• Mon. May 27th, 2024

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BRITAIN’s top judo fighter has joined forces with a charity set up to tackle male suicide after his sport was rocked by tragedy.

Lachlan Moorhead, from Penistone, South Yorkshire, who is Senior British Champion and ranked number two in the Commonwealth, has become an ambassador for North East-based national charity the If U Care Share Foundation.

And the 21-year-old hopes to raise awareness of the rising number of suicides among young men after figures showed male suicides are triple those of women.

Lachlan, a Grand Slam and multiple European medallist who started training in judo at age six, was just 11 when his idol, World Judo Champion Craig Fallon, died by suicide in 2019 aged 36.

“He was my hero,” he said, “and the best judo athlete to ever come out of Great Britain in my opinion.

“My dad and I would travel for miles to attend his masterclasses and, like everyone in the sport, we were utterly stunned and bewildered when he died.

“I barely knew him but what his death showed me was that often people who seem fine are struggling inside and my opinion is that we don’t talk about this often enough.

“Judo is seen as a pretty macho sport and I hope that by getting involved with If U Care Share I can really help them push the message that mental health issues can affect anyone and that it is vital to talk, because that really can mean the difference between life and death.”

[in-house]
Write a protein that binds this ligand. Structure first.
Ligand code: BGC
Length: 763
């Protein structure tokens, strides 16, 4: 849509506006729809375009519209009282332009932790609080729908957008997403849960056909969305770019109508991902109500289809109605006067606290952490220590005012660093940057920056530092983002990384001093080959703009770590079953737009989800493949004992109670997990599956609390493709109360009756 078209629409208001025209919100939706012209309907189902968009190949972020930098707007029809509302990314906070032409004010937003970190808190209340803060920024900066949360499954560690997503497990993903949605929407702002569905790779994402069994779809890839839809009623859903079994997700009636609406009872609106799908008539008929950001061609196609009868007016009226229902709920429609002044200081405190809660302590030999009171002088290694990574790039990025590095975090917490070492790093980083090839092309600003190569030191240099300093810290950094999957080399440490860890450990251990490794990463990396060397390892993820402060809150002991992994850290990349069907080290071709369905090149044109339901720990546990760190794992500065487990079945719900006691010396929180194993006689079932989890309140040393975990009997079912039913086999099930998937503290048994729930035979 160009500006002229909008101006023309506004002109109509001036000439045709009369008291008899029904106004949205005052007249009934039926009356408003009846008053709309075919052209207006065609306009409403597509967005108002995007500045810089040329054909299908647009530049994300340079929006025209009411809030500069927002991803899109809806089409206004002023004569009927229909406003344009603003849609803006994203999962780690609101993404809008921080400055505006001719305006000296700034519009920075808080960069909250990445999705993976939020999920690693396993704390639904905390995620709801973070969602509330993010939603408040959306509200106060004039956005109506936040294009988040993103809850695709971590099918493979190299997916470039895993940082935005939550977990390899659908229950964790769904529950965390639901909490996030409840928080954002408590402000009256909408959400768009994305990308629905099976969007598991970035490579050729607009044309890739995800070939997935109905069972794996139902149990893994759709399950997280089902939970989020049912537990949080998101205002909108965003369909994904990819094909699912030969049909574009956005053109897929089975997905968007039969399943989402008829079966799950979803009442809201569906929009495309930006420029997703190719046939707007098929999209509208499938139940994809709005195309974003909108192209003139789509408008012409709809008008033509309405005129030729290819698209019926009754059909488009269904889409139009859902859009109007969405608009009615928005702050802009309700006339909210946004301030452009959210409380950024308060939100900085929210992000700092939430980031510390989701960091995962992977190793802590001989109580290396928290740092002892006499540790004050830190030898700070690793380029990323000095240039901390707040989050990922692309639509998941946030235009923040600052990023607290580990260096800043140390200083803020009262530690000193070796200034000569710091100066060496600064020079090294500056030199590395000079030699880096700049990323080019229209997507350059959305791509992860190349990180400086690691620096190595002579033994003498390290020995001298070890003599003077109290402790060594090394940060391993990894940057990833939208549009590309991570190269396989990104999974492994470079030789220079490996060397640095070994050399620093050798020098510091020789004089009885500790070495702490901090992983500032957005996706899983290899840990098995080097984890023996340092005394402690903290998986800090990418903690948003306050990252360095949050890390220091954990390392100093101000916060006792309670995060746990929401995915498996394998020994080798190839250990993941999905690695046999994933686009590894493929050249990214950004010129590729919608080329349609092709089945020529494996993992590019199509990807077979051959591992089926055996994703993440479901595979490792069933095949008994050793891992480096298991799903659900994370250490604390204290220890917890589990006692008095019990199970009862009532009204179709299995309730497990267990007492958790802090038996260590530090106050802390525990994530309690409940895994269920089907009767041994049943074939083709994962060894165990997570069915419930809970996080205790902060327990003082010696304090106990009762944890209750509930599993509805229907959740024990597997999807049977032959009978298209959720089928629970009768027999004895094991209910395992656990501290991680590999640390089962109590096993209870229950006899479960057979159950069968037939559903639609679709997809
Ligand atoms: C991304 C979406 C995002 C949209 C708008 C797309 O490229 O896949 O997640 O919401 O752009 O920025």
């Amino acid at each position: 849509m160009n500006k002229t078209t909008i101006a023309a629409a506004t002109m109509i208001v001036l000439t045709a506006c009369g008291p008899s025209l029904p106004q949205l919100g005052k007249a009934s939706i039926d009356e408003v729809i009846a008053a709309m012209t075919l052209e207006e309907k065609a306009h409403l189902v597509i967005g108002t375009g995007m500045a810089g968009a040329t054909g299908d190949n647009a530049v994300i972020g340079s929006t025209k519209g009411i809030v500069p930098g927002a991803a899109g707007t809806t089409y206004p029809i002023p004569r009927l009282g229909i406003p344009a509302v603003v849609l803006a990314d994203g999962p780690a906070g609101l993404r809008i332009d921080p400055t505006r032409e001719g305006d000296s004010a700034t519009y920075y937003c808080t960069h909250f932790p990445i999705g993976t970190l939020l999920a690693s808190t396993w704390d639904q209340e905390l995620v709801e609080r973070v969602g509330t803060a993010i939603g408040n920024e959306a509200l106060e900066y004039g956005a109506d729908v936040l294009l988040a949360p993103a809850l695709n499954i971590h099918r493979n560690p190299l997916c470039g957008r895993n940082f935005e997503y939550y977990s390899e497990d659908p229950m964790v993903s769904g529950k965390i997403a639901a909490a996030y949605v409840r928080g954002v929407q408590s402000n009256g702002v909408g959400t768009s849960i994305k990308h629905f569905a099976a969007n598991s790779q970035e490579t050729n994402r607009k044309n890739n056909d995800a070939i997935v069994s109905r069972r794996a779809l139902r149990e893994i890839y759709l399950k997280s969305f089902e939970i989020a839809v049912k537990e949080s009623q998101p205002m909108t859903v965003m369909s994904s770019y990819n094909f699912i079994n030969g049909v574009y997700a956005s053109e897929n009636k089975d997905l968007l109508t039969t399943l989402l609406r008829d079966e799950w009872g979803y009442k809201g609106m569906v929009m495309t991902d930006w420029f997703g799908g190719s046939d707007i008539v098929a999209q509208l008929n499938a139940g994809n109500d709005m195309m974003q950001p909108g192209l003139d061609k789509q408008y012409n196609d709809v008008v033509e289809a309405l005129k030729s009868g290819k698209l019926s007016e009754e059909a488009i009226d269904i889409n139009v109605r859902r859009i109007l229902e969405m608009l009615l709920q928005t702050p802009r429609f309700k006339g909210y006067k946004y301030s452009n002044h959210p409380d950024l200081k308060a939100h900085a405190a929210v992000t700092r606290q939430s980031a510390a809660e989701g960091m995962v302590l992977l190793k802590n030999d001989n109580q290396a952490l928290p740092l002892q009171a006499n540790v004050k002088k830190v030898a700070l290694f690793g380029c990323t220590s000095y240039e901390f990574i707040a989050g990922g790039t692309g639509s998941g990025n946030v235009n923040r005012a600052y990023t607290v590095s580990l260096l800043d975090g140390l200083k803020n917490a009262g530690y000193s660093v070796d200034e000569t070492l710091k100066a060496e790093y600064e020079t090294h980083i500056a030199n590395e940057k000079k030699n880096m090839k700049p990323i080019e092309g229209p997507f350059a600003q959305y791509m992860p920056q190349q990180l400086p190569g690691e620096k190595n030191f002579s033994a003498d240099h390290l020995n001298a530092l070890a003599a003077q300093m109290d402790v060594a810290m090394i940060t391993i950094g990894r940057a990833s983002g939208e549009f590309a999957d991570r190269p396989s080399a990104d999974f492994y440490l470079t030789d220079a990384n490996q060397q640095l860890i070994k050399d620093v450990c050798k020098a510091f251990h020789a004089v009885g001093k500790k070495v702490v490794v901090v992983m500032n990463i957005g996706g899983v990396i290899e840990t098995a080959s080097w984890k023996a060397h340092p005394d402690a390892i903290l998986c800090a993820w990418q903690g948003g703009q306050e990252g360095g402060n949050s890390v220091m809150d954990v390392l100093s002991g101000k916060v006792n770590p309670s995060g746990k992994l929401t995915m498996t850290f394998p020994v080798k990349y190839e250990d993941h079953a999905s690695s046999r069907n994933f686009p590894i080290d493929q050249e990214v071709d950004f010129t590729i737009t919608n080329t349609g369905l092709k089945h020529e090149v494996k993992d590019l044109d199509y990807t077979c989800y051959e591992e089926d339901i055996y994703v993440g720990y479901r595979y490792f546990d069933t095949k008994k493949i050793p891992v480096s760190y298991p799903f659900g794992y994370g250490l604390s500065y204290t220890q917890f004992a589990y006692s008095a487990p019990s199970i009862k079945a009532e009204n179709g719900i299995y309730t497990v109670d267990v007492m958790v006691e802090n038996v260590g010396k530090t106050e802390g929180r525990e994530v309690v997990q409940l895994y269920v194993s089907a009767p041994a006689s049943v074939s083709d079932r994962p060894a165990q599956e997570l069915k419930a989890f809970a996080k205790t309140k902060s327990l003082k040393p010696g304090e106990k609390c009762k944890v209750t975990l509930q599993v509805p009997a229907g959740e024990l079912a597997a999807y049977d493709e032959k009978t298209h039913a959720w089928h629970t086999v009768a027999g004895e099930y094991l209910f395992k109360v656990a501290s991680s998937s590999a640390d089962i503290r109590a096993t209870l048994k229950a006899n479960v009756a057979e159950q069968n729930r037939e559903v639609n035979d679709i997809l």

Lachlan was introduced to If U Care Share by Athlete Media Group – which represents athletes from a variety of sports, united in a desire to give back to society by lending their voices to a range of causes, from ocean plastic to bullying, sustainability and diversity.

The charity was founded by Shirley Smith after losing her eldest and much-loved son Dan to suicide on Easter Monday 2005.

“Dan had no previous history of mental illness and had never reached out to our GP,” she said.

“He had a job, plans for the future and a family that loved him and showed no signs of his intent or the inward struggle that led to him ending his life.

“Seventeen years on, we still do not know what lead to his death,” she said, “but we also know that 75 per cent of men that end their lives have no diagnosis, or history of mental illness.”

She founded the charity in 2011 with the aims of intervening to prevent suicides and providing family support after suicide and now runs workshops teaching those from seven to 25 the importance of mental along with physical wellbeing.

The charity is also working with the Premier League and League Football Education to address the issue at football league clubs across the UK.

“Sport can reach people – especially young men –when other methods fail,” said Shirley, “which is why we are so thrilled to have Lachlan on board.

“He is not only a credit to his sport but to his country and we are delighted he has agreed to become an ambassador for If U Care Share.”

By admin